Monday, November 20, 2017

New Ziegfeld

When the old (but not oldest) Ziegfeld theater closed in 2016 after 46 years in business, many New Yorkers grieved. We wondered what would happen to all its odd character when it became an upscale corporate event space.

Well, now we know. Recently, the new Ziegfeld Ballroom opened for events. Here's what it looks like:

"Drawing inspiration from the 1930’s luxury cruise liner the SS Normandie," reads the new company website, "the Ziegfeld Ballroom features a color scheme of silver and greys to reflect its art deco heritage."

Another inspiration appears to be the corporate hotel conference rooms of, well, Midtown.

Gone are the plush, blood-red walls of old, the sky-high ceiling, the antique sconces, and that circular banquette where one could rest beneath a sprawling chandelier while breathing in the aroma of fresh popcorn.

What became of the artifacts from the Ziegfeld Museum that once lined the stairways and halls? I heard that some are on display in the lounge of the New Amsterdam Theater, home of the “Ziegfeld Follies” from 1907 to 1927.

But what about the weird "STORY OF THIS WOOD" plaque screwed to the wall, informing moviegoers: "Carbon 14-isotope dating shows this wood has been buried in a peat bog near Cambridge, England, since 2120 B.C."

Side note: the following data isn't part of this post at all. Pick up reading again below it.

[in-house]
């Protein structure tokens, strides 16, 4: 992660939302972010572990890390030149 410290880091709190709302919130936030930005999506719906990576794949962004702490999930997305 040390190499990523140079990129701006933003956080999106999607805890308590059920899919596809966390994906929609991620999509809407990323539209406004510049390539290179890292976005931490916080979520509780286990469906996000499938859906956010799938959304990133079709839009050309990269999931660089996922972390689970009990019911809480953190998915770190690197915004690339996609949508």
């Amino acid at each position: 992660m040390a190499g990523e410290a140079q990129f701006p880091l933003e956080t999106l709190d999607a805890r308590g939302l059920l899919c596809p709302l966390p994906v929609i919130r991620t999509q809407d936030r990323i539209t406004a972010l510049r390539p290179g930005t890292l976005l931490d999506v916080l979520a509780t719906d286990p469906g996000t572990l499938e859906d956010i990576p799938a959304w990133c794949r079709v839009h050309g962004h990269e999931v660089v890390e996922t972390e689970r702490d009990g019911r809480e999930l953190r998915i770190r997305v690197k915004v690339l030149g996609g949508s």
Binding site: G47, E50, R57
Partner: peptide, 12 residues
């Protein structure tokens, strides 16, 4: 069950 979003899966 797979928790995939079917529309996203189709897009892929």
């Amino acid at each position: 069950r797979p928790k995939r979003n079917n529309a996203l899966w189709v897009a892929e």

Who knows where it's buried now?

Before: via Cinema Treasures


Downtowner said...

I was at the New Amsterdam recently, and there were some of the items there.

As much as I think Disney scrubbed Times Square too clean, I have to give them credit for restoring the New Amsterdam to its original glory - the interior is beautifully restored. It easily could have been demolished and made into a condo tower.

RMAN said...

Too bad the old Ziegfeld wasn't given landmark status. It was a true gem.

It's funny how I can still smell the popcorn, even from here.... ;)

James said...

Our mourning is usually for ourselves. The "old" Ziegfeld was built in my lifetime, and I'm not that old. The real Ziegfeld was a deco landmark built in '27, facing Sixth Avenue on that same block. The replacement movie house (as the old house had been built for live performance, then adapted, in part, for movies) was part of that 60's urban renewal spirit of "this will be better", meaning that the old was better off removed. Now "this will be better" again, although, unfortunately, this is nothing. We miss our times is all - when movies and movie-going was much more of a basic component of life in this country. We could scarcely make it through a weekend without a visit to a movie theater. I miss all of the houses I remember. This was not a palace but a very accommodating and comfortable place to see a movie. I wish individuals were still accorded their rightful portions of space, value, and civility in this city, but that, probably more than anything, has been under attack. How can the one-tenth-of-one-percent resist?

K Ethridge said...

One of my fondest memories of the old Ziegfeld was Stevie Wonder and his friend sitting in front of me watching, Close Encounters of the Third Kind. His companion explained the visuals to him very quietly -- what a great night!